Fats is one of many people who uniquely represents New Orleans. When you talk about things that represent New Orleans that you can only find here, Fats is in the top 10, maybe number one. He could not have come into being any place else. He is an iconic figure who represents New Orleans in a very complete way. If you think of the world wide impact of him, it’s amazing. I don’t think you could think of a musician whose name is more known worldwide than Fats—even Michael Jackson or other superstars. Over the last 50 years, his music is more known to more people. His music is so direct. It has a simplicity and drive that everybody can relate to. How many people in their art can reach so many people—and if you’re in an audience at a Fats show, everybody is smiling.
I don’t have a favorite Fats tune. There are several I really like, and I like all of them. There are a few Fats songs in my repertoire. “Blueberry Hill,” obviously, and I think “Blue Monday,” just what happens when you’re playing hard with a band and you get to that bridge where the whole band is playing triplets and it builds and builds and builds and it’s a great pressure cooker. That’s one of my favorites.
Being someone who fell in love with New Orleans music and hearing it from a very young age and then coming here and spent a lot of time listening to it and learning and getting a lot of pleasure from it—Fats is an inspiring piano player to a youngster. Fats Domino provided material that you could replicate fairly quickly. It’s very simple in its structure. What he did with it was add a whole lot of soul to it, and that’s magical. But the form—triplet form with the Jimmy Yancey bassline—that was relatively simple and that was the key that could unlock the door and you could start delving more deeply into Toussaint and others.
The music that they invented here in New Orleans—and you can’t say when that started because it was a long evolution from day one, but the point they arrived at in the late 1940s—it’s hard to imagine what that sounded like to people more than half a century later, but it was revolutionary. The R&B that they developed here was the ethnic folk music of New Orleans, and there is ethnic folk music all around the world, but there is a style here that translates onto records and lit the world on fire and they renamed it rock ’n’ roll and it first happened here in New Orleans. It’s a style of music that became rock ‘n’ roll and evolved into heavy rock groups and heavy metal, all these different facets of what pop music is now. All of the music can be traced back to New Orleans. So to me, he is the face of New Orleans rhythm and blues. He’s the face of the little thing that happened here and took over the rest of the world, the backbeat and blues notes and the funk and the soul.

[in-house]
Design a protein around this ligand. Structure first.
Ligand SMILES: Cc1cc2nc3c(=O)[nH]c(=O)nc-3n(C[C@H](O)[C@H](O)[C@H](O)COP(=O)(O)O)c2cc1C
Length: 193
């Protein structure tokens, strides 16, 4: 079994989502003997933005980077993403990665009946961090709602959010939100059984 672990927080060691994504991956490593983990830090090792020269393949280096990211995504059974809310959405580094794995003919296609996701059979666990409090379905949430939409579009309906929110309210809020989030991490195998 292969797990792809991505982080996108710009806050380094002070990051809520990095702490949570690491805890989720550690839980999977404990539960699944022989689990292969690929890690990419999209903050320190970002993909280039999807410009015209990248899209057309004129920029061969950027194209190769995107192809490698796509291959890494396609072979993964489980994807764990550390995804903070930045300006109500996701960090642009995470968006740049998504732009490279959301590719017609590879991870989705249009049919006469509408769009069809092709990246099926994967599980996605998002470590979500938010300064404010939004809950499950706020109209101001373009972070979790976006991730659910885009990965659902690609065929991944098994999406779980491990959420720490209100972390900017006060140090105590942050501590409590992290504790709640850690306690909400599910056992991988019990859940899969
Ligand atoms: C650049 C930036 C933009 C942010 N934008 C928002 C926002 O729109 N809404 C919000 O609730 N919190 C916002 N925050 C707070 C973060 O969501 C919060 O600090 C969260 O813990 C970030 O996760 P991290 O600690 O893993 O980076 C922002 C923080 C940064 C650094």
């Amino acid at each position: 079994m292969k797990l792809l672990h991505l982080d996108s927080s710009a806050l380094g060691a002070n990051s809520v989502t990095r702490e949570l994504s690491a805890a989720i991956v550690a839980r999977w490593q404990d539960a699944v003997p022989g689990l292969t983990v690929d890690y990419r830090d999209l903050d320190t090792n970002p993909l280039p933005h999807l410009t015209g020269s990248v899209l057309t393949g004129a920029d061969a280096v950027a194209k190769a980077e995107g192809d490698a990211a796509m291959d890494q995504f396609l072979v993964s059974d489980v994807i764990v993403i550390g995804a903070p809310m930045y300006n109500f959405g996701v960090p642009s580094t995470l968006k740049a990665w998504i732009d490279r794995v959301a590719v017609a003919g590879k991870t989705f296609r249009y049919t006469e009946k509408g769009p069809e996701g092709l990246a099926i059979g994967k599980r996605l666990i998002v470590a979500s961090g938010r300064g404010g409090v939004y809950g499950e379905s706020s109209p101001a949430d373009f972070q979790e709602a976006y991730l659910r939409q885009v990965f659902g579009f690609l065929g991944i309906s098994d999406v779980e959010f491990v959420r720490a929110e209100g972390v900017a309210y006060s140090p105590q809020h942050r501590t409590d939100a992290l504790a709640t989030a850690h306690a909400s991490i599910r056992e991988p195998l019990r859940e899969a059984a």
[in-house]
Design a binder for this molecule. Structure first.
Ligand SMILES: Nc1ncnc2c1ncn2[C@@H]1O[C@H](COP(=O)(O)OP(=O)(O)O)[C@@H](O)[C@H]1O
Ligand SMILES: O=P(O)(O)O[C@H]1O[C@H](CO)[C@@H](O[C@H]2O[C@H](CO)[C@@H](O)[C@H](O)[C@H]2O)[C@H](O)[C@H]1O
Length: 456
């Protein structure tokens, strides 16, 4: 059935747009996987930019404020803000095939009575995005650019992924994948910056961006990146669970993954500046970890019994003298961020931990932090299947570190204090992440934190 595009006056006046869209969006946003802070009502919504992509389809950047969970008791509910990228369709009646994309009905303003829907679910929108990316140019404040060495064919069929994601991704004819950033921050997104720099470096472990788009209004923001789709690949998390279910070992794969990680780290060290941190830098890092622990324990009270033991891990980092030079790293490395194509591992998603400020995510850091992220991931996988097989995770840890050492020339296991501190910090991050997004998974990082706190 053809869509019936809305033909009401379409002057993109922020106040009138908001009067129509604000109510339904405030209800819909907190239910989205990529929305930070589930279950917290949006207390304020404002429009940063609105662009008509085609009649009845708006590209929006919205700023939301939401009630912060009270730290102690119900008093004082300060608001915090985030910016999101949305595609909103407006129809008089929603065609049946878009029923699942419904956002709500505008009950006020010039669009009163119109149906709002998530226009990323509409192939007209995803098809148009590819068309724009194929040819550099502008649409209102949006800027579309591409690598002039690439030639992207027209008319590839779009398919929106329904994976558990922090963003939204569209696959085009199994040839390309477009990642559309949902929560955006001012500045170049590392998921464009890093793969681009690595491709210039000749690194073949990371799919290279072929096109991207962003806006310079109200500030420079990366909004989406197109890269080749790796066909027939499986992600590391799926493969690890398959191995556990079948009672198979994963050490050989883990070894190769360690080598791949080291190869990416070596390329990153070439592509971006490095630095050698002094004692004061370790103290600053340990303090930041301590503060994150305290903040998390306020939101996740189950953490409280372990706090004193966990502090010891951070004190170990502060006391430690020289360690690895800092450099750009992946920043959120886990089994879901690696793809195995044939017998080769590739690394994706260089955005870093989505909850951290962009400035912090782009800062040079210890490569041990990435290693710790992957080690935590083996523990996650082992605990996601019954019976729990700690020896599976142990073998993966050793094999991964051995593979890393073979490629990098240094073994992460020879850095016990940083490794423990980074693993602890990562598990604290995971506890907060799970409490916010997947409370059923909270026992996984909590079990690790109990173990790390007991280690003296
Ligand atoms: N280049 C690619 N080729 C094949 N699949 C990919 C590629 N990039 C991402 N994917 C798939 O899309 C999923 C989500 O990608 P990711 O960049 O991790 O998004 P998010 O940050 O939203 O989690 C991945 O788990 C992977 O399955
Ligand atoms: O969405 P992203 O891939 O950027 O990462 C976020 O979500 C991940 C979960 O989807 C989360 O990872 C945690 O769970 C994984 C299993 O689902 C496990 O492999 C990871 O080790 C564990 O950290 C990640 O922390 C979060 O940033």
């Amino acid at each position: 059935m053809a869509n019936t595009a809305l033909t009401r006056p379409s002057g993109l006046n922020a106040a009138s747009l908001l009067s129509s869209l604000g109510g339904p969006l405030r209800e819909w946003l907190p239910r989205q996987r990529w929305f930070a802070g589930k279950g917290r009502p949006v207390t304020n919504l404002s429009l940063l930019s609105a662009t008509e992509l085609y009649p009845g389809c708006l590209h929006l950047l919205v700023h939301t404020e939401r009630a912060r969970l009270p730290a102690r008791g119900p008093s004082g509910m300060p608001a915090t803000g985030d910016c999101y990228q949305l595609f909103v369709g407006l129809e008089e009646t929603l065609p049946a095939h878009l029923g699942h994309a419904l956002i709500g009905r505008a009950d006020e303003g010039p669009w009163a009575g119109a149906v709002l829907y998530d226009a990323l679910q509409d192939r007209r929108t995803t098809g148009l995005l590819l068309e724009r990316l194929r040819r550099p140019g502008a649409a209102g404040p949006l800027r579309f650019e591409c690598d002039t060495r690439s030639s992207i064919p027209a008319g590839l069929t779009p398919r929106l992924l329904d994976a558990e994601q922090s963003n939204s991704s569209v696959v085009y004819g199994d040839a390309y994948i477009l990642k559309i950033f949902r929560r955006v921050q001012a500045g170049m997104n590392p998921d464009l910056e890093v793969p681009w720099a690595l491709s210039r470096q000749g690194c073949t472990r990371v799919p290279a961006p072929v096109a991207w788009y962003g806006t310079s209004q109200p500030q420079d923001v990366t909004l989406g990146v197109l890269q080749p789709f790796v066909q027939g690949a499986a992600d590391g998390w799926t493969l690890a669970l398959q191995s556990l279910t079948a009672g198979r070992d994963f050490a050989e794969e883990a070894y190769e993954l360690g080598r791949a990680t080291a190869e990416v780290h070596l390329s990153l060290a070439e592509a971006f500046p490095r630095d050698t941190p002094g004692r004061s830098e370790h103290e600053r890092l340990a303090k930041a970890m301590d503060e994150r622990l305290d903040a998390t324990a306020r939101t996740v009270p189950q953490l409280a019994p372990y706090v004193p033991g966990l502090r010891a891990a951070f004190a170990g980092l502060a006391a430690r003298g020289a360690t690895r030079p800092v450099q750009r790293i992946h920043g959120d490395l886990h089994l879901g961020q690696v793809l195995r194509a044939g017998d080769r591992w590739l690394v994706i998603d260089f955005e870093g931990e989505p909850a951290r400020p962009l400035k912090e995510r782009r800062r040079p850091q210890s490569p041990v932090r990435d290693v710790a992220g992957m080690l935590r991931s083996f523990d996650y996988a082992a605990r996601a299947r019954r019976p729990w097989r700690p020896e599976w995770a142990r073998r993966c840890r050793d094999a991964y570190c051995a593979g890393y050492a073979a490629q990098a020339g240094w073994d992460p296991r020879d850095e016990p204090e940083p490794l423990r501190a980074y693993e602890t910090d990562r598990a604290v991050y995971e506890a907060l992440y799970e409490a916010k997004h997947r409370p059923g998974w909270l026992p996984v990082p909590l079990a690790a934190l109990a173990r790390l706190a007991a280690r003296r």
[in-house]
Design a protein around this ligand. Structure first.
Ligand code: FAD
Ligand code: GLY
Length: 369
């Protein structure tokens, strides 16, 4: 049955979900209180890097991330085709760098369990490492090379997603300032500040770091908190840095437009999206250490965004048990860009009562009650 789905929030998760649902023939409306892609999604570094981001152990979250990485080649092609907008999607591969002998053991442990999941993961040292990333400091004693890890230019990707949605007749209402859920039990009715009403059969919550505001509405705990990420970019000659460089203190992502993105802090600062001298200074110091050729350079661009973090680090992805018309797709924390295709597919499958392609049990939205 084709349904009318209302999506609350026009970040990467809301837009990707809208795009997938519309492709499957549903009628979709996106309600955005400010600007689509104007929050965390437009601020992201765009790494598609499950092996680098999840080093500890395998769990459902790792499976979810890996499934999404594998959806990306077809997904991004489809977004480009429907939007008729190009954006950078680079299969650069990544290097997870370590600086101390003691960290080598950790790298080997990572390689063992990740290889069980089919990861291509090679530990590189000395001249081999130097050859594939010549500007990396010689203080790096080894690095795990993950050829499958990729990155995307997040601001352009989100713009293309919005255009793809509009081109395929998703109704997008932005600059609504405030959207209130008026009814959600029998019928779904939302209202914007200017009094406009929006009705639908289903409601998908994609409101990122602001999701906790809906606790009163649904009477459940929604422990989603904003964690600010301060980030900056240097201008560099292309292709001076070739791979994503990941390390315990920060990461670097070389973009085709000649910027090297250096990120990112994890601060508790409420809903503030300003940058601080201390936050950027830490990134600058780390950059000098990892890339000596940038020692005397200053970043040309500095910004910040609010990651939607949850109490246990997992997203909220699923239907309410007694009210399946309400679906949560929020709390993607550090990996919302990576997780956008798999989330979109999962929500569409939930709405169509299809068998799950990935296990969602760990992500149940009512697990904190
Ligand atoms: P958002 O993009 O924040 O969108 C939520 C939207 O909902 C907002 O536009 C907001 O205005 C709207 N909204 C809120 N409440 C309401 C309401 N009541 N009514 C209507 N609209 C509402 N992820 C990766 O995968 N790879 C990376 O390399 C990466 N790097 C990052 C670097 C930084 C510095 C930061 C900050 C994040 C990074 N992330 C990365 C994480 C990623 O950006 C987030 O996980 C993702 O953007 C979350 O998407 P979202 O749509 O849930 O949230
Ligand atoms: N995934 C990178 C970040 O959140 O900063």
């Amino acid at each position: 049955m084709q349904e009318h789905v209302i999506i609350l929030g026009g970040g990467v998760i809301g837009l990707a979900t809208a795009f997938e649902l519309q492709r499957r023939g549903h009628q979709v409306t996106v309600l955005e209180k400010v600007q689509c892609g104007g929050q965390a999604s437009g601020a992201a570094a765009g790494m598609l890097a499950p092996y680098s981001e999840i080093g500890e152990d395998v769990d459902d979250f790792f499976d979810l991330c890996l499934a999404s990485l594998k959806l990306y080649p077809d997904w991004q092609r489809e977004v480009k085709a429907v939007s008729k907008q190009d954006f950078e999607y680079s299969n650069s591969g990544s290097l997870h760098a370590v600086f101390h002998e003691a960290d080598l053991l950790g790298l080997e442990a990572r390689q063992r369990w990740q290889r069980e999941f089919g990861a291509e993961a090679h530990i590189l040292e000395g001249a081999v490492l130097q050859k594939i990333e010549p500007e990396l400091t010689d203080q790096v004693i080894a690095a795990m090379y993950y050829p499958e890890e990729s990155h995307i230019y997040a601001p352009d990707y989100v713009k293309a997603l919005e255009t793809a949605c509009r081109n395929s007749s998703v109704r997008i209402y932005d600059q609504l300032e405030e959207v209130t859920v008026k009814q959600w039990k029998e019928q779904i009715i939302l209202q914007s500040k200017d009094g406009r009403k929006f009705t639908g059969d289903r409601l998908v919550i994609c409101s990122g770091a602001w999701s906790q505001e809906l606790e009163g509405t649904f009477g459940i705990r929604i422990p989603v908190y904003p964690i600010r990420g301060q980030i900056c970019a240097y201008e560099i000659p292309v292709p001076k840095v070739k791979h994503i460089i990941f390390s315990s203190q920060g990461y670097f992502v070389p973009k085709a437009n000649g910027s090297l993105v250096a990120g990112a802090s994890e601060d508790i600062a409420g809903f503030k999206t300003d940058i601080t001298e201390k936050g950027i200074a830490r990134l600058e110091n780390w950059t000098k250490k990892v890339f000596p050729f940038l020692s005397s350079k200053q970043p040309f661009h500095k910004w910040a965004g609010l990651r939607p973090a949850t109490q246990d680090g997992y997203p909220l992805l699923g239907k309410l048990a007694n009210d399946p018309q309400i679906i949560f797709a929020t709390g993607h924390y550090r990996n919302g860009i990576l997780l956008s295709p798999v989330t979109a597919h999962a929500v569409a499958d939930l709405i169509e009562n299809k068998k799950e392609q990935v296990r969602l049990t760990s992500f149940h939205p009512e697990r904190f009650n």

My favorite Fats Domino tune is one I love, “I’m Walkin’.” I love Fats’ version, but I love George French’s version too. It’s one of my earliest musical memories as a professional musician.
Fats is my link as a piano teacher. He’s the perfect first piano lesson for someone who wants to learn the piano but doesn’t want to study the classical repertoire. There is simplicity in the way he plays. It’s not easy by any means, but it’s straight-forward and simple.
Most people have Fats’ music in their head already—major triad in the left hand and funky triplet rhythms in the right hand. Once you play that, you’re pretty much playing a hit right there. As a teacher it’s great. As a performer, once I start playing [sings the opening riff of “Blueberry Hill”], everybody in the room is really going to appreciate that. And if it’s a hip room, somebody is going to be dancing. When someone starts playing “Blueberry Hill,” grab a pretty woman and start dancing.
Really, the music of Fats should mean more than it does. I think Fats is underappreciated in the annals of American music. It might be different in the South. Internationally, I think the audiences are more tuned into New Orleans and understand his place in the New Orleans music pantheon. Even the serious jazz heads have to appreciate how Fats was able to take the New Orleans rhythm and blues and break out on a rock ’n’ roll scene. In New Orleans, people my age and older all love Fats, but I’m not sure that translates to younger listeners. I’m sure they’ve all heard it, but—I don’t know, I’m pessimistic about the younger listeners.